With so much of our lives now taking place online, the need for safety and security is greater than ever. We need to be able to trust that our networks are secure from attacks and reliable in their levels of connectivity. Also, we need to be sure as individuals that we are as safe when operating online as we are when offline, with trusted identity and security systems in place.
Now that Covid-19 is truly global, working remotely is the new normal and the integrity and availability of data and systems have never been more important. This global crisis has been majorly impacting modes of working, technology choices, risk monitoring capabilities, and more. Moreover, a lot of disinformation, misinformation, and fake news has been floating around regarding the Covid-19 pandemic. Citizens are not only the end victims of these falsehoods but are also prone to forwarding messages without fact verification.
So, how to prepare, monitor, take action, and sustain organizations during a pandemic crisis? What must organizations do now while preparing for what happens next — during the Covid-19 pandemic and beyond? In the wake of this, maintaining cyber resilience is of utmost importance for organizations worldwide.
Learning Some Hard Lessons Around Cyber Resilience
There are some lessons around resilience from Covid-19. It has pushed organizations to rethink business models to deal with changes in working patterns, customer support, and supply chain management. Organizations now have a clearer idea of who and what matters to their businesses. They have been changing their policies around crisis management and cyber resilience. The ongoing pandemic is also an opportunity for organizations to assess their IT infrastructure. They should deploy robust and advanced cybersecurity solutions.
Security and risk management leaders now must safeguard their companies on a massive scale, and quickly. They must ensure that their online services and digital platforms are resilient against cyberattacks. Lessons from this crisis also matter for the future, and we should remember to incorporate them into future operating models.
Cyber Resilience Plan: Strategies & Recommendations
As this pandemic unfolds, organizations need to prioritize resiliency more than anything else. This includes how to identify, resist, and respond to disruptive cyber events. To effectively build resiliency during this new working reality, organizations need to focus on the four key pillars: People, Process, Technology & Compliance.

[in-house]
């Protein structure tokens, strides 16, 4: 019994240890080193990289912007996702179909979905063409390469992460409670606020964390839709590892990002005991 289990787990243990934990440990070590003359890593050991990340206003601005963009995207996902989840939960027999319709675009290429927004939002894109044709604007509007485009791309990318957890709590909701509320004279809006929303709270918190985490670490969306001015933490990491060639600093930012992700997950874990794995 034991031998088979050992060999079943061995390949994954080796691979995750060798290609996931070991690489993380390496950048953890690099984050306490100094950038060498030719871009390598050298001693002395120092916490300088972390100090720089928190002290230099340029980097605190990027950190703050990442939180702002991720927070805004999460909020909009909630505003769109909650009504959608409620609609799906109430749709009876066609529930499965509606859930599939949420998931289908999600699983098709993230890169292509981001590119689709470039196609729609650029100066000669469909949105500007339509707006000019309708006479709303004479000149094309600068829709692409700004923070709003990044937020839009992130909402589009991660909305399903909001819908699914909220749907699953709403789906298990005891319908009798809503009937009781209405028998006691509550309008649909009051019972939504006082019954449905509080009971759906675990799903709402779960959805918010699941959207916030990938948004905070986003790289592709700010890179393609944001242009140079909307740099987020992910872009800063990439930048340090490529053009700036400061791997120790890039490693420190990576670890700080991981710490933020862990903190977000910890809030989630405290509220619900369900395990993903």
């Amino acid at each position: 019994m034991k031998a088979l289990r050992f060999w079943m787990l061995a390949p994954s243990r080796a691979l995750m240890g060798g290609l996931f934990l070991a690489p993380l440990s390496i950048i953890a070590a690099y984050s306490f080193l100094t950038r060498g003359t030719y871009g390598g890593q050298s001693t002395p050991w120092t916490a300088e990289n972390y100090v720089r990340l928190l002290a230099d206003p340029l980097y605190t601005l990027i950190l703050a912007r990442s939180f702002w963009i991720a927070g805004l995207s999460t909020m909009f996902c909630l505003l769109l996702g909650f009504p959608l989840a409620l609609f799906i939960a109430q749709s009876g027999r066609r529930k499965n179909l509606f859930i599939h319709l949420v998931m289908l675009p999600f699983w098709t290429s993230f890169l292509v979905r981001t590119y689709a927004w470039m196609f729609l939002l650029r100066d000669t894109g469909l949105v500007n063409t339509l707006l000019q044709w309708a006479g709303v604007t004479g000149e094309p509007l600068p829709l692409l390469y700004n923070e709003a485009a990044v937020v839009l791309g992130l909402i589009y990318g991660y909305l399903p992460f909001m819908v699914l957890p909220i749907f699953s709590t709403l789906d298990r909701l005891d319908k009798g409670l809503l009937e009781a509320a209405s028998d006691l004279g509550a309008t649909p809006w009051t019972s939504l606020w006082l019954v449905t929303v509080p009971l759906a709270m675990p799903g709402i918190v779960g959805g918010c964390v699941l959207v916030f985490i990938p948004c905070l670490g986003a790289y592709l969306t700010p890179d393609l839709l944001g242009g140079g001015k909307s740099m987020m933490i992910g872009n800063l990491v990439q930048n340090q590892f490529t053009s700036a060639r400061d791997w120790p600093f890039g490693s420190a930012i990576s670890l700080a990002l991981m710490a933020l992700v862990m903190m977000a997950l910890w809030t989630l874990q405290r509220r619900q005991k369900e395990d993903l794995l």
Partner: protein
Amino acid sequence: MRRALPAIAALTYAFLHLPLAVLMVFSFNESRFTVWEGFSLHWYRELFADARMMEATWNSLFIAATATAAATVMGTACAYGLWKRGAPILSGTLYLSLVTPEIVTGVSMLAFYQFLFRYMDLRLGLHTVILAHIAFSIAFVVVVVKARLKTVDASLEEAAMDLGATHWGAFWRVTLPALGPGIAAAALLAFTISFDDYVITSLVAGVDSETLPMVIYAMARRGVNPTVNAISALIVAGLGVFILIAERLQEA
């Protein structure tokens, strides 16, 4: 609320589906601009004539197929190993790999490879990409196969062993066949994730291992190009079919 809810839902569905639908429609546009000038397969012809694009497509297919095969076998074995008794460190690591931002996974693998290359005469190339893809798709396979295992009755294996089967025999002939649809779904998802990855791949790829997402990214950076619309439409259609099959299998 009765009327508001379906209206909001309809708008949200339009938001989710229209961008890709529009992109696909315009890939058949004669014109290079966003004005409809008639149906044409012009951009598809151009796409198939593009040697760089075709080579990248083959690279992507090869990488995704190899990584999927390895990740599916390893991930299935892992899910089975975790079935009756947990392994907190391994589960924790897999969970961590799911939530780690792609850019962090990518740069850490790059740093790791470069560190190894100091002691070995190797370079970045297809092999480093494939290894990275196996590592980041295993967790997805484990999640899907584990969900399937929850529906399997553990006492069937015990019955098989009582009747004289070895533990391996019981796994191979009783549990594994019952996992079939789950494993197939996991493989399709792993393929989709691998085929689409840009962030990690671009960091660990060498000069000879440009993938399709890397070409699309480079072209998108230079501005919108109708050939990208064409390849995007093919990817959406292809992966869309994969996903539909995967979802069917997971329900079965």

Thus, to remain resilient, organizations must ensure that they are still able to:
- Respond effectively and efficiently to cyber incidents
- Maintain cyber resilience
- Maintain wider cybersecurity posture
Cyber resilience goes beyond just protecting critical information infrastructure. The ability to recover and for life to continue in the face of these adverse cyber events depends on developing an effective cyber resilience strategy involving different stakeholders. Hence, the goal is to create the capability and methodology to anticipate threats, monitor the impact of the threats, and respond quickly to ensure the continuation of business operations.
Considering the above, governments and citizens can build cyber resilience through several measures in the time of Covid-19 and beyond. First and foremost, citizens need to gain a basic awareness of the cyber risks and vulnerabilities that might affect them. They also need to develop an awareness of when things are not going right and when they have been a victim of an adverse cyber incident. Furthermore, to accelerate cyber resilience across different countries, governments are recommended to frame cyber resilience at the societal level. They must also operationalize resilience through well-defined and structured programs, resilience metrics, and resilience maturity models.
Now, let’s look at 5 effective strategies to help in building cyber resilience:
1. Building cyber resilience during WFH